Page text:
1. I would like to comment on #2, the vendors. Some offices had to change vendors because the vendor didn’t update their software for required MU and PQRS reporting. This was an expensive venture with cost associated with the choice of a server-based or cloud-based system. For example, the cost of a particular cloud-based software for a single-physician office, the EHR portions is about $750.00 a month and another $200-300.00 a month for the PM portion. Then to have support to learn “what boxes to check” to satisfy MU requirements costs approximately another $250.00 a month, the same thing for PQRS is approximately another $250.00 a month and to be able to send reports/visit notes between physicians offices is another $200.00 to $700.00 a month depending on how many sheets you electronically fax through the secure portal. (The cost starts at about $.10 a page, which adds up in a hurry.) A single physician office is paying a vendor approximately $2000.00 a month for a cloud-based system. Server-based systems, good ones, for a single-physician office runs around $80,000.00 plus a maintenance agreement that usually is around $500.00-750.00 a month. Having to change a software vendor is very expensive.
    Yes, the vendors need policing. They are bleeding the small physician offices dry. In their defense, CMS continues to change the requirements for reporting. That requires programming changes and implementation. CMS needs to get it right (ask for the pertinent information by specialty) and let things settle so we can get back to the business of caring for patients.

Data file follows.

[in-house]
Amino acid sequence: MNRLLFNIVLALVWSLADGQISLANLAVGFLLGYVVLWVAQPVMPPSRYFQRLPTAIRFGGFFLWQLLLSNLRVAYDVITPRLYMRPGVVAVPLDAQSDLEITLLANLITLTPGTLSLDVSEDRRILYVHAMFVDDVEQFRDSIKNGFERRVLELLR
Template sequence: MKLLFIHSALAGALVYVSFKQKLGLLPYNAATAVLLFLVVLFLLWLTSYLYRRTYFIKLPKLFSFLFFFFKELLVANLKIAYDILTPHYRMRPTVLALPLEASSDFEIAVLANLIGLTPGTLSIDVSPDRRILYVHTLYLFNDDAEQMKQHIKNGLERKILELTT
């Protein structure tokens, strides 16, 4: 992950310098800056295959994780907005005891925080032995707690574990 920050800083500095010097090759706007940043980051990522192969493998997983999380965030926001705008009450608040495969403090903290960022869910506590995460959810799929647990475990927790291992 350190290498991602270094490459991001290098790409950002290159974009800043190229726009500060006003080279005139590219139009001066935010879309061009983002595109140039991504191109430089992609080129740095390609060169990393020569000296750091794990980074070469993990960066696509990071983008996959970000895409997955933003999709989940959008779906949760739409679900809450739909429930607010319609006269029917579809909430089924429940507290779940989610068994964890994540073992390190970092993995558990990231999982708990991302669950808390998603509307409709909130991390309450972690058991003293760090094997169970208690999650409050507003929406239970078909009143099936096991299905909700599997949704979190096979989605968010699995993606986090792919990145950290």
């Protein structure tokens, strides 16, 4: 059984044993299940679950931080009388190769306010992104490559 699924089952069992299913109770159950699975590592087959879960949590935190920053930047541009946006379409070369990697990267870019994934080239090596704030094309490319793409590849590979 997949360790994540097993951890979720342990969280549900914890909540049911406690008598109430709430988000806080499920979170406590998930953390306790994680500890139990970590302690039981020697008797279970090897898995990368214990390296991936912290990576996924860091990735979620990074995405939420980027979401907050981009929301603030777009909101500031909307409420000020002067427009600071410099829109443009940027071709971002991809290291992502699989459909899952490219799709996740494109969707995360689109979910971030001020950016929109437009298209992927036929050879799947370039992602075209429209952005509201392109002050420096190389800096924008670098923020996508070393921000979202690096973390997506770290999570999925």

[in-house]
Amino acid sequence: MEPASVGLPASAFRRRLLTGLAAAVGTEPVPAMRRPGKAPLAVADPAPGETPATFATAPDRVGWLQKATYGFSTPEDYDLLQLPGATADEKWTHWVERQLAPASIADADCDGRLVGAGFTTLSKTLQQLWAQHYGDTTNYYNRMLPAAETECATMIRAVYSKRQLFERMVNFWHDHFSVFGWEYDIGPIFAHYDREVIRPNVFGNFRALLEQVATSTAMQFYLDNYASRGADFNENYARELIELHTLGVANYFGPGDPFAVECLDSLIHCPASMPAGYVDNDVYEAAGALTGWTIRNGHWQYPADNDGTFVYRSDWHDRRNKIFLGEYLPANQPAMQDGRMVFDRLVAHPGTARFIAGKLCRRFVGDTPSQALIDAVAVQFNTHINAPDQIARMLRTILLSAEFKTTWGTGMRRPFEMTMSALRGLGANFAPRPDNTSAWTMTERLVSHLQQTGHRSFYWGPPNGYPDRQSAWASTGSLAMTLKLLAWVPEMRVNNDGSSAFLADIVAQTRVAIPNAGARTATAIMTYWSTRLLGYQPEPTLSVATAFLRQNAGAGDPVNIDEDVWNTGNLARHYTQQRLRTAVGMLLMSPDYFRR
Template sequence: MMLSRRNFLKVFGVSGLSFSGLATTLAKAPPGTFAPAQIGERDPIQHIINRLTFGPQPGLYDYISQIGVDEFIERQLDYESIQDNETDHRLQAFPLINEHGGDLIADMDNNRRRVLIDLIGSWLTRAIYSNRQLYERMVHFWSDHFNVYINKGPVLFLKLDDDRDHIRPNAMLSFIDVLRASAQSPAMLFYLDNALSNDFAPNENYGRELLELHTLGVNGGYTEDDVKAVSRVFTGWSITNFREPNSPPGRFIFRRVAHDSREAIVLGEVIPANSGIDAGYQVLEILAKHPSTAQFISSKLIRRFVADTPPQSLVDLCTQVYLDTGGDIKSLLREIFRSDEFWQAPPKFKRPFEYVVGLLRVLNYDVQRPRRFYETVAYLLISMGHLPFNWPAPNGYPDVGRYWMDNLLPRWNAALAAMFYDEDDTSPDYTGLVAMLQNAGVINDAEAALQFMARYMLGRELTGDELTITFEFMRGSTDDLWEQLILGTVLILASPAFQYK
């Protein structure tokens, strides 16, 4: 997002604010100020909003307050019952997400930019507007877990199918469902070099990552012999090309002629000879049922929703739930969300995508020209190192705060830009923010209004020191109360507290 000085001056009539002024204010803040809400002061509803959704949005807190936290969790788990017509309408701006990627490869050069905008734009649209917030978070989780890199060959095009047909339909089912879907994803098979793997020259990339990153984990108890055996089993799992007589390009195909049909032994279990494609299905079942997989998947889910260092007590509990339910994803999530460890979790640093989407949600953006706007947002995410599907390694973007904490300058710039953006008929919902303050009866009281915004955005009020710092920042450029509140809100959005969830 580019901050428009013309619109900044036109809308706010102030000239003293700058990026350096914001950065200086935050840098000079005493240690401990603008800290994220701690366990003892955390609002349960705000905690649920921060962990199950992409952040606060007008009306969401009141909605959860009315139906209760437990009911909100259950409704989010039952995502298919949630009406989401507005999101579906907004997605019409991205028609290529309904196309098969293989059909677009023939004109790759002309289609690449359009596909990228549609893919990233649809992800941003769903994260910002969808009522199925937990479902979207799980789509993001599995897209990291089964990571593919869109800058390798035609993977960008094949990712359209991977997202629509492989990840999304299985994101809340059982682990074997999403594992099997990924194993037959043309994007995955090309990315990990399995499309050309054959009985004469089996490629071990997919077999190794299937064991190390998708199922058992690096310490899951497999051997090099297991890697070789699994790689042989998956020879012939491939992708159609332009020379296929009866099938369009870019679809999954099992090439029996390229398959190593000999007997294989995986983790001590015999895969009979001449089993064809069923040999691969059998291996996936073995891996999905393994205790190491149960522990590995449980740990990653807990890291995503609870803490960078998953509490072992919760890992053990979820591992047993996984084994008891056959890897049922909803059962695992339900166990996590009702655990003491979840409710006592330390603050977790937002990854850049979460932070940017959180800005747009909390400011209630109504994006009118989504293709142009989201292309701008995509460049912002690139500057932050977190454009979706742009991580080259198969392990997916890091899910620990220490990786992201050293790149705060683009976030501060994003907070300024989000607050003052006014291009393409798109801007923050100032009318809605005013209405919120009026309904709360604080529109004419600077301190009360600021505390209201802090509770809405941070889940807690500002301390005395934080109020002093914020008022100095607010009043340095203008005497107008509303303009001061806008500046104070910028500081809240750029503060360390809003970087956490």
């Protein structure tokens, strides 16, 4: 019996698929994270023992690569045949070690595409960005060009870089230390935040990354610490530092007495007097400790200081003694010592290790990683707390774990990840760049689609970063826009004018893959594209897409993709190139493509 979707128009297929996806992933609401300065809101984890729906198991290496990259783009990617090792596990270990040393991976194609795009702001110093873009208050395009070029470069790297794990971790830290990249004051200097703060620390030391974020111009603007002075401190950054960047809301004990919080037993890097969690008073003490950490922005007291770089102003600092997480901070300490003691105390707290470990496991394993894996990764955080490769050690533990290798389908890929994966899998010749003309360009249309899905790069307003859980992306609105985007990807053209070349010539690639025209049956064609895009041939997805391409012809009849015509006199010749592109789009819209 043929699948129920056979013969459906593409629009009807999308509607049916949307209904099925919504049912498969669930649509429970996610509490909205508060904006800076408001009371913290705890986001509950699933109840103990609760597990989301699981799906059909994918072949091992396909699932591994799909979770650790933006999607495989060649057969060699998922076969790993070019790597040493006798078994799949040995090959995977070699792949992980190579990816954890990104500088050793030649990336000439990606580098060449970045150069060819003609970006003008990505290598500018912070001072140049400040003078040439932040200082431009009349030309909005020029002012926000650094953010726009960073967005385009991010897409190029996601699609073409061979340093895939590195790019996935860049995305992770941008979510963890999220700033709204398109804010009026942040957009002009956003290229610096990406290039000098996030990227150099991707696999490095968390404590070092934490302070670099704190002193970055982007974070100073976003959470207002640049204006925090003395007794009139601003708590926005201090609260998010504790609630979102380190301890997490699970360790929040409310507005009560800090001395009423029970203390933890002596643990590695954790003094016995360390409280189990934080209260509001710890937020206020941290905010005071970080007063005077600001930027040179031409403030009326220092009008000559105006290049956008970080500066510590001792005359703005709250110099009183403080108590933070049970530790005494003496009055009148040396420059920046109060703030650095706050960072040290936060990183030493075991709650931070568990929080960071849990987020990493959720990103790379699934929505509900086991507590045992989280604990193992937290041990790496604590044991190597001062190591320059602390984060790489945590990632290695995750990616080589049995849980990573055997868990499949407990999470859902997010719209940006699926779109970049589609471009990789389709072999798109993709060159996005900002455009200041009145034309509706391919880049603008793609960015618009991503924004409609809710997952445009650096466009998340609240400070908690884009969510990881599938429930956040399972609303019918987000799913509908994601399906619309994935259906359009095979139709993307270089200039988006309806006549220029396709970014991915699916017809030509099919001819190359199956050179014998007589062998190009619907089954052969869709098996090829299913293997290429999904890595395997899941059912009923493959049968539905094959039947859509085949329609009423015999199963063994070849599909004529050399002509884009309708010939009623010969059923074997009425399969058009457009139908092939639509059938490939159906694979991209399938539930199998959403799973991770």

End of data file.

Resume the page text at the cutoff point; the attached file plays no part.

Yes, vendors need policing. They must be required to keep their software up to date with the reporting requirements of our government programs and they need to be required to provide ALL the modules needed for a physician office to satisfy these requirements under ONE fee. Training on how to use their software to satisfy reporting should be included in that fee. If a vendor fails to keep their software up to date with reporting requirements, they should be given a deadline to update their software or be fined an amount that will assist physician offices in changing to another vendor. It is wrong for CMS to certify a software, the vendor doesn’t update the software to comply with CMS and the physician in not able to report to avoid penalties, and it is the physician who is penalized.
    At present, it is the responsibility of the physician and it is the physician who must bear all of the expense for changing to another vendor when their vendor fails to keep up.

  2. Thanks for your thoughtful comment. We feel your pain. Medical practices and the vendors that serve them have all struggled to remain compliant. Unfortunately, this means that some vendors have chosen not to pursue the requirements for continued meaningful use certification.

    We believe in user-centric design, including earning our certifications so that our clients can successfully attest and earn their reimbursements. In addition, we work hard to prepare for other future industry challenges whether they be related to compliance, data capture, interoperability, or value based payments. We try to take those burdens off of their shoulders by designing easy to use, frictionless solutions, so that they can focus on their patients rather than technology.